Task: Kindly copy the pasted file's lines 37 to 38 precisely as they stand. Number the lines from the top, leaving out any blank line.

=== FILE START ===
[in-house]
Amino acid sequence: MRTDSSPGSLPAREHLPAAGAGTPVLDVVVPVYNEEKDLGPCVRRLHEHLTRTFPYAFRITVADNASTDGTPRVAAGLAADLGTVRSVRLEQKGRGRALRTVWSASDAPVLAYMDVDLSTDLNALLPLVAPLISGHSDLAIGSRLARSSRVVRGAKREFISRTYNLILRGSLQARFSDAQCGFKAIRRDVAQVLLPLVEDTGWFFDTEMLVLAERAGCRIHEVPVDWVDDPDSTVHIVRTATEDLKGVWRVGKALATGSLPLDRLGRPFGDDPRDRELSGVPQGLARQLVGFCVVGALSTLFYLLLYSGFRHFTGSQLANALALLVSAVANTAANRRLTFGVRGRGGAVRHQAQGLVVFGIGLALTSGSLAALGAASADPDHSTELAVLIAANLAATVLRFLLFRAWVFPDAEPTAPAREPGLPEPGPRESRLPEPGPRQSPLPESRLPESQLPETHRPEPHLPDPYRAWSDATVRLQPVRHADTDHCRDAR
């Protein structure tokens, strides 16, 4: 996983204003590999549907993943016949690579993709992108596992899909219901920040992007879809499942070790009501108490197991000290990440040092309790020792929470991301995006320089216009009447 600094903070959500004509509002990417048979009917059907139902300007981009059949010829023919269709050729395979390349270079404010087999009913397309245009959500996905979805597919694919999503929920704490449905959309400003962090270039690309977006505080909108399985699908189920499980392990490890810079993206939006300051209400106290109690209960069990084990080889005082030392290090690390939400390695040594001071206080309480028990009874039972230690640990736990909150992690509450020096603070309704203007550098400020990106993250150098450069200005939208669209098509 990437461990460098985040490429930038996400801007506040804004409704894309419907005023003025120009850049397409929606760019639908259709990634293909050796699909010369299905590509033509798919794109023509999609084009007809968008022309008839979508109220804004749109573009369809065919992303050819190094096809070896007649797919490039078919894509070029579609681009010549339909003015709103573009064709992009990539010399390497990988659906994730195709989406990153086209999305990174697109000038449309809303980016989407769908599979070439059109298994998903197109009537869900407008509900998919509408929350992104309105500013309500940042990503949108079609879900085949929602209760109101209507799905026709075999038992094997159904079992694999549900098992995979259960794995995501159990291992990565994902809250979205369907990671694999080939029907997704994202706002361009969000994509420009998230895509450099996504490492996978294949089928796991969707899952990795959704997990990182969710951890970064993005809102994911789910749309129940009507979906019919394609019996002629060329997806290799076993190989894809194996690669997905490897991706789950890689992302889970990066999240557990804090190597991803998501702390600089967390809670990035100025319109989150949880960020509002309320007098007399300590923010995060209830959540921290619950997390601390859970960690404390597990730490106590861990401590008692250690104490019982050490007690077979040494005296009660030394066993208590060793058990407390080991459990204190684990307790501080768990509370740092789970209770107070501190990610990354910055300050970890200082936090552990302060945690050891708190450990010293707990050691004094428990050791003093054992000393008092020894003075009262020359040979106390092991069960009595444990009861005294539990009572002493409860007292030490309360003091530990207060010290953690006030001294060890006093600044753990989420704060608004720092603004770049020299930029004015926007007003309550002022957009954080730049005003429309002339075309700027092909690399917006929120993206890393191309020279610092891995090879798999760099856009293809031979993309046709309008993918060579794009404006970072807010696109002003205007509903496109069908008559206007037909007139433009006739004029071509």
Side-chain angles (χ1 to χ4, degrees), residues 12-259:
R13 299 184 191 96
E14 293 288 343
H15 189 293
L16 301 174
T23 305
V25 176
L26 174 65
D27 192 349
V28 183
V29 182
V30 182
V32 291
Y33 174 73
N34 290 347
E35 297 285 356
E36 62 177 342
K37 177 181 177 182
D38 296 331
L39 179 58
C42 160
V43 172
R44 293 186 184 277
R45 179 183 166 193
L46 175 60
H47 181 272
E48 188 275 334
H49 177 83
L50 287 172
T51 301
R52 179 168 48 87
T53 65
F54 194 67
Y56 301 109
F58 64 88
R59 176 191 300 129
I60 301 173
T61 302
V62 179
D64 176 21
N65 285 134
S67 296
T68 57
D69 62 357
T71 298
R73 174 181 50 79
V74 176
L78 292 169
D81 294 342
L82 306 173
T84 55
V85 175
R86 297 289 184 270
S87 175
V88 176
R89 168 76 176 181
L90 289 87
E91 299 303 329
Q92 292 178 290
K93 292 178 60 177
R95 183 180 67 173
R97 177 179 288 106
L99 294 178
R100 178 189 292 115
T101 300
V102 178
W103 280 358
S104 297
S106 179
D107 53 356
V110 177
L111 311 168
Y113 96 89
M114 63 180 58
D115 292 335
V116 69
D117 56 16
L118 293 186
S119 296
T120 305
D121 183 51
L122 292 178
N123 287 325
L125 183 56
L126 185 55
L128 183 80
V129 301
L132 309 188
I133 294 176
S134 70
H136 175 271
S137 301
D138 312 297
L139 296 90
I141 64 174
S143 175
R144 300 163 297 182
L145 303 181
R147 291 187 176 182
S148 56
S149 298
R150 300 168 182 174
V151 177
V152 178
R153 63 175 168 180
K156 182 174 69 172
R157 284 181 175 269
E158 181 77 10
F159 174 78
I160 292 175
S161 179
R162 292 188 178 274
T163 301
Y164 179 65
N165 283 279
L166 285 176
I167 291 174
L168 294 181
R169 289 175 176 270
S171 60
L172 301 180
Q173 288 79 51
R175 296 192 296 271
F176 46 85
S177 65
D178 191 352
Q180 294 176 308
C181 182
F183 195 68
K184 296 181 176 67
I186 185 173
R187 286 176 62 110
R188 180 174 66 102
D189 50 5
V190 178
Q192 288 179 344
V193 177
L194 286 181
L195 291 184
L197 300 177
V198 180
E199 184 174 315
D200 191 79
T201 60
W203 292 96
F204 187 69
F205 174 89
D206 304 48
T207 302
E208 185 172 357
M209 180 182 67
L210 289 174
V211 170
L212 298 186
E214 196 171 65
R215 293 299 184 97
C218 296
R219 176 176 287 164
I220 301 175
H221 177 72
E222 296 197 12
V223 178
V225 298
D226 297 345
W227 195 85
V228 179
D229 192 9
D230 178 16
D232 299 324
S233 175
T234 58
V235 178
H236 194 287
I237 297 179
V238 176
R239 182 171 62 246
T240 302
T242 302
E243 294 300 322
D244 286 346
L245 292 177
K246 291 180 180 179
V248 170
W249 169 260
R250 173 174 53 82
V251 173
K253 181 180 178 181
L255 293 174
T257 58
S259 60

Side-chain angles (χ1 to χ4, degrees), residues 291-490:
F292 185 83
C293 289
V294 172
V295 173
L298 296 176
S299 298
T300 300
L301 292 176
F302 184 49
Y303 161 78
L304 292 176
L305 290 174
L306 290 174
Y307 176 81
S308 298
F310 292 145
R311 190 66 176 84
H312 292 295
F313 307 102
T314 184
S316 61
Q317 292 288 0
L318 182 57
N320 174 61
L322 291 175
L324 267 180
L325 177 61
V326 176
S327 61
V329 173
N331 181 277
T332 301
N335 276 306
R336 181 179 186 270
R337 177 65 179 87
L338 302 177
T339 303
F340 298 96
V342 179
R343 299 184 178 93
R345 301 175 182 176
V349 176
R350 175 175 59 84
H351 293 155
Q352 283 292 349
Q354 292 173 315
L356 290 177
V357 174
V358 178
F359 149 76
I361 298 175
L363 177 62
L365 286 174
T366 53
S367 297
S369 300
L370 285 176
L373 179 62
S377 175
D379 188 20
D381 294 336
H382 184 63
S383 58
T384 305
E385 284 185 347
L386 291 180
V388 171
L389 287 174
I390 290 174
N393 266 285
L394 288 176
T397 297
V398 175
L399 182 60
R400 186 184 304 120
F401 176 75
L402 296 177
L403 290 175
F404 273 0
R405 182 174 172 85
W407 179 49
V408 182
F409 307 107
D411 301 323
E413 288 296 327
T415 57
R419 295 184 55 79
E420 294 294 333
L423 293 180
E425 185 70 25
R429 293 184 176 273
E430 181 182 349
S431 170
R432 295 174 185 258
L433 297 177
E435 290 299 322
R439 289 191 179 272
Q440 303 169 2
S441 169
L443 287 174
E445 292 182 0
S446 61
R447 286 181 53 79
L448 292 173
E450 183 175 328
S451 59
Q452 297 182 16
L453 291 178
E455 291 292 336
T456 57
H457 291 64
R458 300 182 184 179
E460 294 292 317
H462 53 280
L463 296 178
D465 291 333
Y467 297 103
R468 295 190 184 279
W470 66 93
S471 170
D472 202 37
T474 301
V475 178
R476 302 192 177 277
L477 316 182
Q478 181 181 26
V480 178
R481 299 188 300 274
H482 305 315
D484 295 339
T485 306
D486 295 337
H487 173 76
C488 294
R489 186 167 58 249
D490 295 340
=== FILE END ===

Y56 301 109
F58 64 88